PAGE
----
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Hayley Kiyoko makes a welcome return with second album Panorama


Hayley Kiyoko Panorama
28 July 2022, 08:00 Written by Caitlin Chatterton
If your first album became a cult classic, following it up will never be easy. Although Kiyoko may worry that she’s “dying under pressure / turning diamonds into stone”, there are more than enough gems on Panorama to renew her ‘queer icon’ status.

2018 (or #20GayTeen, depending on which corner of the internet you inhabited) saw something amounting to a queer renaissance in mainstream media. As the first seasons of POSE and Queer Eye were hitting our TV screens, and as Love, Simon entered cinemas, music was welcoming exceptional records from the likes of SOPHIE, Troye Sivan, Janelle Monáe, King Princess – you get the idea. Despite such a crowded field, Kiyoko’s Expectations album became a standout, featuring a collaboration with Kehlani as well as the earworm single “Curious”, which Kiyoko later performed with Taylor Swift on Swift’s Reputation tour.

Four years on, it’s Kiyoko’s sophomore album with the greatest expectations to live up to. Thematically, Panorama does feel like a natural progression from Kiyoko’s debut: its opener, “Sugar At The Bottom”, revisits the girl-dumped-me-for-a-guy scenario that Expectations railed against; this time though, the anger’s been swapped out for relief as Kiyoko realises her self worth. That doesn’t mean she’s entirely done with drama – “Well” revels shamelessly in the fact that she’s doing better than an ex, and the track is one of the album’s highlights.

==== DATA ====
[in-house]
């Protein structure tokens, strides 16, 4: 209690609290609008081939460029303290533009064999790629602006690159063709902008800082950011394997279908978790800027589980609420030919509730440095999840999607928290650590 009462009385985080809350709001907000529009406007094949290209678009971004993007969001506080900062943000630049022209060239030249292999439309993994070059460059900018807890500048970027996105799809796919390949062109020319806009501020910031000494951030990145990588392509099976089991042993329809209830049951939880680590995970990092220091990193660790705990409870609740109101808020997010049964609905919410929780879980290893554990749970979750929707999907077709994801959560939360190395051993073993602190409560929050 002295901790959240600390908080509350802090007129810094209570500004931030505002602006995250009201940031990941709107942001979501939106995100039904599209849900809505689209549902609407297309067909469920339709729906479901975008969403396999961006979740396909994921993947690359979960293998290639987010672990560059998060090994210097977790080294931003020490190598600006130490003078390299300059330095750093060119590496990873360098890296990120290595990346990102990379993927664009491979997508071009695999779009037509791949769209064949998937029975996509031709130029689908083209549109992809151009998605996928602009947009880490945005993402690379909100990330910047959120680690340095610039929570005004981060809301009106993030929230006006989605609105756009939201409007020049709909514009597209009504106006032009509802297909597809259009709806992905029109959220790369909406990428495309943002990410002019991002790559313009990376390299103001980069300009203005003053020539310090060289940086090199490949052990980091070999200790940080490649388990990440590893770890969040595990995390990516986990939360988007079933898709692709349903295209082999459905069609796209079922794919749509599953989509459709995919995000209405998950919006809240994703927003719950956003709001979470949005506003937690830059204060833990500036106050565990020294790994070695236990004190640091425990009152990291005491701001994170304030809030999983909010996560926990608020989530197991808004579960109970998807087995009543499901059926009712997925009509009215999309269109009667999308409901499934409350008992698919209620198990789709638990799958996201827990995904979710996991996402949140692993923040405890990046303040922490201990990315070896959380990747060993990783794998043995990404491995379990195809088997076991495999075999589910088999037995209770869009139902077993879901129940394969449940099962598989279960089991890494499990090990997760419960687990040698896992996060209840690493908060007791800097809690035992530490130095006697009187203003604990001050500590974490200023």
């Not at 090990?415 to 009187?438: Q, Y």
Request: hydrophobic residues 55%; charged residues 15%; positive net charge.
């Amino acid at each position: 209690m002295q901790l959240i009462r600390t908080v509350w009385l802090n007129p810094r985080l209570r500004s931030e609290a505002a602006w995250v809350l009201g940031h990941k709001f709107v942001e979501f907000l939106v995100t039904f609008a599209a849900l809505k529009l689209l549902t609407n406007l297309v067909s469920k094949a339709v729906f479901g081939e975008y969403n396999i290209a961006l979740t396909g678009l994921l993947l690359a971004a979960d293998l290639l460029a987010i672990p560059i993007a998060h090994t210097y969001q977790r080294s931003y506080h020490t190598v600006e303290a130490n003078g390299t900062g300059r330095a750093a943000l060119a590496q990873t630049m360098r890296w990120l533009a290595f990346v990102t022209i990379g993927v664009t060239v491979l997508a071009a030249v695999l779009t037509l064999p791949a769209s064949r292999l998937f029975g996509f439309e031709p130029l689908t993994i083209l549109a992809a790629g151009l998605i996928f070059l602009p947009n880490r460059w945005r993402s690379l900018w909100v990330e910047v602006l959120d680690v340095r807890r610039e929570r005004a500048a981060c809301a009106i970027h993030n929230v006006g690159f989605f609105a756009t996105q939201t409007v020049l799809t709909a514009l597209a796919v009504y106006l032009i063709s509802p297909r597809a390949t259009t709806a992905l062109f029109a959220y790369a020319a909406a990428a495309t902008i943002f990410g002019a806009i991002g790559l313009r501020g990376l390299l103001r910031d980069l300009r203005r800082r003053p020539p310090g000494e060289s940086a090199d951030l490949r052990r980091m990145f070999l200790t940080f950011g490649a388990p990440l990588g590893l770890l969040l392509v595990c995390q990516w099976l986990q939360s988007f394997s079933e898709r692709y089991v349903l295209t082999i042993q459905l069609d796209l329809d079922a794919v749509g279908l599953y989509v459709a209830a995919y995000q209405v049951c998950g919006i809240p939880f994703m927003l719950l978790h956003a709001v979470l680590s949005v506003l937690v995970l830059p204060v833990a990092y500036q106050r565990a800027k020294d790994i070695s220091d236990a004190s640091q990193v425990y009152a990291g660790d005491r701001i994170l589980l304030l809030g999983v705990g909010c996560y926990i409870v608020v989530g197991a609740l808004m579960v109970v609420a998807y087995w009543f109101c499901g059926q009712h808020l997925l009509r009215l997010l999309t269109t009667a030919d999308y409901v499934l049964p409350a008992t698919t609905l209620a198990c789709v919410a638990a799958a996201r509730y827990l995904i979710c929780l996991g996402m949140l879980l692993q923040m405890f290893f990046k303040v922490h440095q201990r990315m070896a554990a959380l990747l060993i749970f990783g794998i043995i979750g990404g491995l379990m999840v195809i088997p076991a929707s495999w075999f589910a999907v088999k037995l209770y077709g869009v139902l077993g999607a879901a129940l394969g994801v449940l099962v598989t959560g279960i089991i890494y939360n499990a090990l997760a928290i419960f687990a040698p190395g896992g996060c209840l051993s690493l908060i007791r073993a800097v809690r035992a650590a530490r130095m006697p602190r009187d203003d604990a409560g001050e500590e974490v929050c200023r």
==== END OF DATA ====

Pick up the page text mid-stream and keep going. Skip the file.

While there are some missteps (“Luna” calls out for a gut-wrenching bridge that never arrives, and the restless “Chance” could have knocked a full minute off its running time), they are far outweighed by the hits. Alongside “Well” the obvious star is “Underground,” where synth pop echoes a distorted vocal that wouldn’t be out of place on a Charli XCX record. It’s followed by “Forever,” a doe-eyed love letter, and the euphoric chorus on “Deep in the Woods” before “Supposed To Be” delivers a swaying lament to heartbreak.

So long after her debut, Panorama proves that Kiyoko isn’t limited to any 2018 zeitgeist. There are nods to her older sound, sure, but the matured production and continued experiments show that she’s not out to recreate Expectations – she’s growing from it. As Panorama’s titular track plays out with a cathartic instrumental, it’s a relief to know that such a special artist is still going strong.

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